•EFFICIENCY & CONVENIENCE: Transit users deserve efficiency and convenience in their commutes. For others to be enticed to use public transit, these qualities are paramount.
•AFFORDABILITY: Affordability is a hallmark of any sustainable public transit system and we are also interested in coverage of fare-free transit models and reduced rates for specific demographics as well as time frames.
•ATTRACTIVENESS: While ‘beauty’ is certainly not a critical feature for a modern, well functioning public transit system, who doesn’t enjoy when transit is also a pleasant atmospheric experience? Many cities invest in their historic transit as well as their modern fleets and also use transit to celebrate holidays and days of national importance with the public (i.e. decorating subway cars and stations).
•COMFORT OF STATIONS: Transit users should not have to weather the elements or feel unsafe while waiting during their commute. Clean, well lit and maintained transit stations are vital for a positive commuter experience.
•MUNICIPAL COMMUNICATION ABOUT PUBLIC TRANSIT: We love a great municipal campaign dedicated to enticing the public to use different forms of transit or celebrating aspects of local public transportation. We love seeing municipalities that can be proud of their systems and invest in public transit as a truly viable option for residents.
A Public Transit Memory..
I photographed the below scene on November 1, 2021 in Kraków by the Rakowicki Cemetery (Cmentarz Rakowicki). It was our first time experiencing All Saints’ Day in Poland (a national holiday here) and was an experience for the books.
Rakowicki Cemetery is a historic, sprawling and incredibly atmospheric necropolis. Experiencing the cemetery on November 1st was incredible. A light, floral fragrance wafted all around, the Autumn sunlight shone in like golden shafts and the beauty of flickering candles was everywhere. There was a steady procession of people all around the sprawling and beautiful cemetery grounds, paying their tributes to loved ones passed on and then making their way back home or around the city where many restaurants were open and people gathered to continue enjoying the holiday.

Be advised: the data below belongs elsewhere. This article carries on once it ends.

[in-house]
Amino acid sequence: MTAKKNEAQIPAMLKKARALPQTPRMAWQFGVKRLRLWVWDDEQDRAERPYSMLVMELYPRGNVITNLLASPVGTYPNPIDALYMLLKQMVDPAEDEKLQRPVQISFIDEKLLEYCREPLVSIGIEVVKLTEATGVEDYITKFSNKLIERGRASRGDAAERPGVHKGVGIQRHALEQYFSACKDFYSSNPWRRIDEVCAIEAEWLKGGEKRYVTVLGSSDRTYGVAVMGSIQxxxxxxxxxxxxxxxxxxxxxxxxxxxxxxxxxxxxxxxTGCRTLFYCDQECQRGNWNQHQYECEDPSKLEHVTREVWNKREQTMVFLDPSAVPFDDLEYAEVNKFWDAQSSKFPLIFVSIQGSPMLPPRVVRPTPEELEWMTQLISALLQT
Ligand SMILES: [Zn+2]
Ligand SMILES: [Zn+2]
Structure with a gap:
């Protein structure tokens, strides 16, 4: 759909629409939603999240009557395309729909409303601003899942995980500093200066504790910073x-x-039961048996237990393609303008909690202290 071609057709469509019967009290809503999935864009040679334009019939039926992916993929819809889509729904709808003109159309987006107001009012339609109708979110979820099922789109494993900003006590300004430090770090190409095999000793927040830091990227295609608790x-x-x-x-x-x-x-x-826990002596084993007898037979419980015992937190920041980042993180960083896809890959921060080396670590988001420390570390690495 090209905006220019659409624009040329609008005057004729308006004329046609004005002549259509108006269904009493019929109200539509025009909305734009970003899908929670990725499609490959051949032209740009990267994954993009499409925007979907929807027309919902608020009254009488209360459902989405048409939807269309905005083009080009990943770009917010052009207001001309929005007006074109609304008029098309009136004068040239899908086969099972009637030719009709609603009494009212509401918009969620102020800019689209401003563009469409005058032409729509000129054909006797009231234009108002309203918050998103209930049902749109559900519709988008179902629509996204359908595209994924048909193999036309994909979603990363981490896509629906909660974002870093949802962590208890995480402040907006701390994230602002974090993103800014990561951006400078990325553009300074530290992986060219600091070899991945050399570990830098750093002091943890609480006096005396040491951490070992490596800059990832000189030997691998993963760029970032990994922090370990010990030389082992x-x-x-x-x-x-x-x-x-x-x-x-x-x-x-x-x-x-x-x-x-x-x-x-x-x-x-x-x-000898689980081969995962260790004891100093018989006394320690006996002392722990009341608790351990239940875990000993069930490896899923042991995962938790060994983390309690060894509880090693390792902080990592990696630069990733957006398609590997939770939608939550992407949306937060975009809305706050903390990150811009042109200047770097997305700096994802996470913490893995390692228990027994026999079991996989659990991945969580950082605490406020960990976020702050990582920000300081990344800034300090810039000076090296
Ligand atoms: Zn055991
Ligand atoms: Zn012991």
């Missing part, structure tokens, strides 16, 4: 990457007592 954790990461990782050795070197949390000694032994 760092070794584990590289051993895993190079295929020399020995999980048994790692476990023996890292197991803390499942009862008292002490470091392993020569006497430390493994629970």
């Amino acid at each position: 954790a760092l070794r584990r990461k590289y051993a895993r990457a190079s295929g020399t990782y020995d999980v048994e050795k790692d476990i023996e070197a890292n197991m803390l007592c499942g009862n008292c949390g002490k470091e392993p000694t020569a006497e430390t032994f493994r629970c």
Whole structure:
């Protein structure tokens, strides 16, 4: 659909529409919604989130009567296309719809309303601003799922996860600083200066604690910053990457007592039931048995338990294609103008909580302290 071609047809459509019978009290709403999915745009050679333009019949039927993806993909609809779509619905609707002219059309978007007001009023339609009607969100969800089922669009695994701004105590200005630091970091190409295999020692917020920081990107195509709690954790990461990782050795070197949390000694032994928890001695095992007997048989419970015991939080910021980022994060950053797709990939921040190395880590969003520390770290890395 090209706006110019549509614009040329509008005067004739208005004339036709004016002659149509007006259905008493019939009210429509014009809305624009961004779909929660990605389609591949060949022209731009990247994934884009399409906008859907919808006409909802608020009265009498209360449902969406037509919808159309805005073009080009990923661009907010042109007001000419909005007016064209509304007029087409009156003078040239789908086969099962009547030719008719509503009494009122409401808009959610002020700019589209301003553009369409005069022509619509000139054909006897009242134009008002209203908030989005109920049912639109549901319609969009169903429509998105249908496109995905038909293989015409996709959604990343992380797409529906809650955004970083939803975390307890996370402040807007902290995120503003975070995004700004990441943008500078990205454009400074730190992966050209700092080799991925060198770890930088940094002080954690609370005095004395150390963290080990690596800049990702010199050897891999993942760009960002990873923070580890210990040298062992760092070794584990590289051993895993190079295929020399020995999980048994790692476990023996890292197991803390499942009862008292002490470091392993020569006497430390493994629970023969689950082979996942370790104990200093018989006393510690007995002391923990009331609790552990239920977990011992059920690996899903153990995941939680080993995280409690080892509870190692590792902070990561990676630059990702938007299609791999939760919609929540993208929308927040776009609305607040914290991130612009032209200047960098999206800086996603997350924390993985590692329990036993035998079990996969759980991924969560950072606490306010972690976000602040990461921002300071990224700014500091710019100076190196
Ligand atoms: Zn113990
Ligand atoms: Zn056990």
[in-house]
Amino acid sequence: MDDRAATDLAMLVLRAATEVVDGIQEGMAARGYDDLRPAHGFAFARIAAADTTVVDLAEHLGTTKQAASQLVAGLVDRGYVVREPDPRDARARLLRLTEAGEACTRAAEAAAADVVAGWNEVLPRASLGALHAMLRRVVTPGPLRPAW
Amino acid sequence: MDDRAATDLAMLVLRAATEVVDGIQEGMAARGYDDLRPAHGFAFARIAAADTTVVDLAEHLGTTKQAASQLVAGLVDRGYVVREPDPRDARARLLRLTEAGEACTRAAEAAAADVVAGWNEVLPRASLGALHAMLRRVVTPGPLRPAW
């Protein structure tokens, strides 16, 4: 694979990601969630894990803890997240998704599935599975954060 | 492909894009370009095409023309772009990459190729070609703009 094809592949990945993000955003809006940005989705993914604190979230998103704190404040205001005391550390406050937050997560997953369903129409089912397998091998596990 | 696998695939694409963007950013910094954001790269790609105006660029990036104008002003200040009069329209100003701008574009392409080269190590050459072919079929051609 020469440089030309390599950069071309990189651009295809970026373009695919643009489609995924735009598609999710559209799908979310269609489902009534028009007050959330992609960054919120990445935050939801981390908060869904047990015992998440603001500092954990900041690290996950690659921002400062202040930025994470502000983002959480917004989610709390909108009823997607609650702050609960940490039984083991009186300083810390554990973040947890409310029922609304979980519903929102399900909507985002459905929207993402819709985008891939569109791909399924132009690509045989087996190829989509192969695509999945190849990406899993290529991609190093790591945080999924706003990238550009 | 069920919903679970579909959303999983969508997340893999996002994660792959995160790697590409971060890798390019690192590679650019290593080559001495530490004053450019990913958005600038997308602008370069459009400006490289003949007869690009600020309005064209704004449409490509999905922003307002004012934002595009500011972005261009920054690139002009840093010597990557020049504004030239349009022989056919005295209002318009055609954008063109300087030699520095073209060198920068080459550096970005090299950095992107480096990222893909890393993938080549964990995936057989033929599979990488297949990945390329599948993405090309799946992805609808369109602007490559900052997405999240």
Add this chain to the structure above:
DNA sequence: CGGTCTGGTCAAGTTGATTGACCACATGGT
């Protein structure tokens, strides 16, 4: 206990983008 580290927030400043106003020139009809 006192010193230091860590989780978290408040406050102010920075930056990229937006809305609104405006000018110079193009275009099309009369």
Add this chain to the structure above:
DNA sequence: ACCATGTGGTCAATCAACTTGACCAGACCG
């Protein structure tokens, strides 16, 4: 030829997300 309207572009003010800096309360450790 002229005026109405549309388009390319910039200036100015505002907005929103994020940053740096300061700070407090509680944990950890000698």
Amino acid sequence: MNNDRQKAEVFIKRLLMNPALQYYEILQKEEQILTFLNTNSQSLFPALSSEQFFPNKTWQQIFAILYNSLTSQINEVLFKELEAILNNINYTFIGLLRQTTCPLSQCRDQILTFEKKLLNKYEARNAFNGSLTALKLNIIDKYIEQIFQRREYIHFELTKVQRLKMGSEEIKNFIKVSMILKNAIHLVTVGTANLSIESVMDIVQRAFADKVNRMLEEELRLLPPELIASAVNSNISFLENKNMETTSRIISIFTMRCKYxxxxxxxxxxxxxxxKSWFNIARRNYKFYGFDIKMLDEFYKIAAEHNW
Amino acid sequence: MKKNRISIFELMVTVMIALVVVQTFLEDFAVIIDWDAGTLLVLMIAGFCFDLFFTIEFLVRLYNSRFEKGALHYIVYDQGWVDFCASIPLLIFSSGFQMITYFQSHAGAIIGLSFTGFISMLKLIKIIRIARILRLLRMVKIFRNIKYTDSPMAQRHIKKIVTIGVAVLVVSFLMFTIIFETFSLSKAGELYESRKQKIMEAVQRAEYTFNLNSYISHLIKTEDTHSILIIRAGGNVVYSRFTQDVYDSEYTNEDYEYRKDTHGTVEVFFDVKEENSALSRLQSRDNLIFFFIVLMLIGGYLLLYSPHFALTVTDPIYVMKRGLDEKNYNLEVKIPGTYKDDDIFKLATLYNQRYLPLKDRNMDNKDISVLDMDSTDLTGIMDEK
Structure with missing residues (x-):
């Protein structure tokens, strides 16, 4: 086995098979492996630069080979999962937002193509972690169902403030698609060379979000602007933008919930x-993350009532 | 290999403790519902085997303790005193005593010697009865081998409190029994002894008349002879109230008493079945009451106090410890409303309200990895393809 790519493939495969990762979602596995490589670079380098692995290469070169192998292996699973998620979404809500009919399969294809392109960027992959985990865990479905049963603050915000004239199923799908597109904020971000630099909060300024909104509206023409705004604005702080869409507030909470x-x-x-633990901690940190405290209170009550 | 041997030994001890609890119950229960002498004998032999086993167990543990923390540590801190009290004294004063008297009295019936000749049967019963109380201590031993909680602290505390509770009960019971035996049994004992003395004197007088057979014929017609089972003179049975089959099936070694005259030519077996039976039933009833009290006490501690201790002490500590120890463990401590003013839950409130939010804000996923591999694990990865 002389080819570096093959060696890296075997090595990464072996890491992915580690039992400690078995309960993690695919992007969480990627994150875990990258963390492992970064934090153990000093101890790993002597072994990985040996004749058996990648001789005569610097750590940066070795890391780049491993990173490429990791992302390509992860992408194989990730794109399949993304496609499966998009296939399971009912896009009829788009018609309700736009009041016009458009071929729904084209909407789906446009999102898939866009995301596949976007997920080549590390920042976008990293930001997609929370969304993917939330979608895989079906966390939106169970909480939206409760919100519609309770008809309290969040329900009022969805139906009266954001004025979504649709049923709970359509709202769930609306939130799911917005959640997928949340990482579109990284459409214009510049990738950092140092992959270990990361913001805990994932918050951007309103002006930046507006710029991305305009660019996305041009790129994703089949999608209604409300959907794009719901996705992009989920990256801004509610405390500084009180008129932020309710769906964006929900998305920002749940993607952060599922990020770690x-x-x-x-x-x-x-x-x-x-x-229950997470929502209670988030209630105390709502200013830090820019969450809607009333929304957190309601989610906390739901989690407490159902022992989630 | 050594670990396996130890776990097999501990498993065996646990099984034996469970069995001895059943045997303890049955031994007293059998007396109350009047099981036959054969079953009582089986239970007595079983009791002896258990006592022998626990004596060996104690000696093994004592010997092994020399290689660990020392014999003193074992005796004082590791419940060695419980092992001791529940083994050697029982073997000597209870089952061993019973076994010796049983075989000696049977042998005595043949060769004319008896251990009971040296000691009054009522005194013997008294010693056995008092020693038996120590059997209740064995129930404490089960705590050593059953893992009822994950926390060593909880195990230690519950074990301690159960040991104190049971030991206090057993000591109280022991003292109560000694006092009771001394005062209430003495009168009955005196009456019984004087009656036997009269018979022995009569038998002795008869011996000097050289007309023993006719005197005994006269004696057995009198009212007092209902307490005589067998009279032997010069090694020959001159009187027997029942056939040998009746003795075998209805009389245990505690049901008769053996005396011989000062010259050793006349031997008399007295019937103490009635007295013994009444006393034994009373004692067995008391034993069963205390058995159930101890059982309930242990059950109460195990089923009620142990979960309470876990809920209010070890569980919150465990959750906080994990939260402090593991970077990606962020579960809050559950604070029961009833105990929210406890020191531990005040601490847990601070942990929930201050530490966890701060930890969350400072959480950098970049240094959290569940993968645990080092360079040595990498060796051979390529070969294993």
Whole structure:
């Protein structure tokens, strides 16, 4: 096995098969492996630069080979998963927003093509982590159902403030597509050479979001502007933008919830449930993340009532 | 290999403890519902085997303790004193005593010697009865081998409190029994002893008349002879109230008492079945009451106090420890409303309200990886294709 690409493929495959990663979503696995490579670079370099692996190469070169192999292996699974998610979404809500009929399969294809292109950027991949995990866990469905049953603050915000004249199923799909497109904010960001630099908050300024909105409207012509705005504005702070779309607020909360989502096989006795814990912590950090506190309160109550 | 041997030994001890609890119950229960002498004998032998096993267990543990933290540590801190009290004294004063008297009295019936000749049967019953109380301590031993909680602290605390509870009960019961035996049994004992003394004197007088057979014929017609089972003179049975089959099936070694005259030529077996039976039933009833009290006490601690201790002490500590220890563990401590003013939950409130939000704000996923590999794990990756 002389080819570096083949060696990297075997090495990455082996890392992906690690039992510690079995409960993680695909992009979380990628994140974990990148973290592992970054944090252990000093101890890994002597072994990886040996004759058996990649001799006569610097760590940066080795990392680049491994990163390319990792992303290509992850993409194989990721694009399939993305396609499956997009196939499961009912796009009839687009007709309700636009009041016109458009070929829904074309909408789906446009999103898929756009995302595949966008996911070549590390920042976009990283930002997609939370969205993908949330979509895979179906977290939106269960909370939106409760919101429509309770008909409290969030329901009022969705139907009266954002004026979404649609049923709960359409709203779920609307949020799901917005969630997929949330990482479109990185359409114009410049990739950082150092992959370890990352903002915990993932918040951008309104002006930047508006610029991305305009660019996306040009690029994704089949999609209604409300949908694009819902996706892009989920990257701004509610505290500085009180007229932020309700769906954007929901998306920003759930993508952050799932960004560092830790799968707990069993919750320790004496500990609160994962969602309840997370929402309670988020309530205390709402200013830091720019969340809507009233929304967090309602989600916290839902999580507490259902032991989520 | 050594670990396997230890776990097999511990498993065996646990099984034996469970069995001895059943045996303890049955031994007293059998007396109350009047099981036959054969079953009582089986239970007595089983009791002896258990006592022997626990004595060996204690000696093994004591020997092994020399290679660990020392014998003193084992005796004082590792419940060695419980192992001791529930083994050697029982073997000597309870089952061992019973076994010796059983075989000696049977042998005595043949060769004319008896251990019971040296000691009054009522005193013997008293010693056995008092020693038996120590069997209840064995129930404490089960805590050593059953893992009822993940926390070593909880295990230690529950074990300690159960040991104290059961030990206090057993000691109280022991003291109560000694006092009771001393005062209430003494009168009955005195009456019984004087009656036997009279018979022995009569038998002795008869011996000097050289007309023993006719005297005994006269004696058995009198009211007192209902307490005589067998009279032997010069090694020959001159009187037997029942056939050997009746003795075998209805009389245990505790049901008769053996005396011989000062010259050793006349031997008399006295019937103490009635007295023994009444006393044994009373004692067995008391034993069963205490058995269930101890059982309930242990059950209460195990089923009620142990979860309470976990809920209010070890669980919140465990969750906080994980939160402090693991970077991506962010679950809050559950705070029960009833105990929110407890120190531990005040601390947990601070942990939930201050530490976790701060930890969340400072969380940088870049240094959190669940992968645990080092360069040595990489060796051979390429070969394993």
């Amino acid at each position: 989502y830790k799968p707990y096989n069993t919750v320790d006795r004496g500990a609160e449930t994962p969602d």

It was a very down-to-earth and magical experience. There was a festive tone but manifest in quiet and respectful actions with busy but also peaceful foot traffic in the necropolis and around the city.
Another exciting aspect of the day was using the light rail to get to the cemetery. All across the nation, cities invest in public transportation on this day to accommodate the needs of populations. -lengthening route hours, introducing special routes, i.e. to cemeteries directly- to accommodate the needs and movement of the public on this national holiday.
It’s been fascinating getting acquainted with the public transit system here in Kraków and we’ve only really just begun.
I snapped the below photo in Warsaw, on our first few days in Poland when we arrived here last year- another city whose mobility dynamics we look forward to exploring. But that’s a story for another post….
-Annika Lundkvist, Editor at Pedestrian Space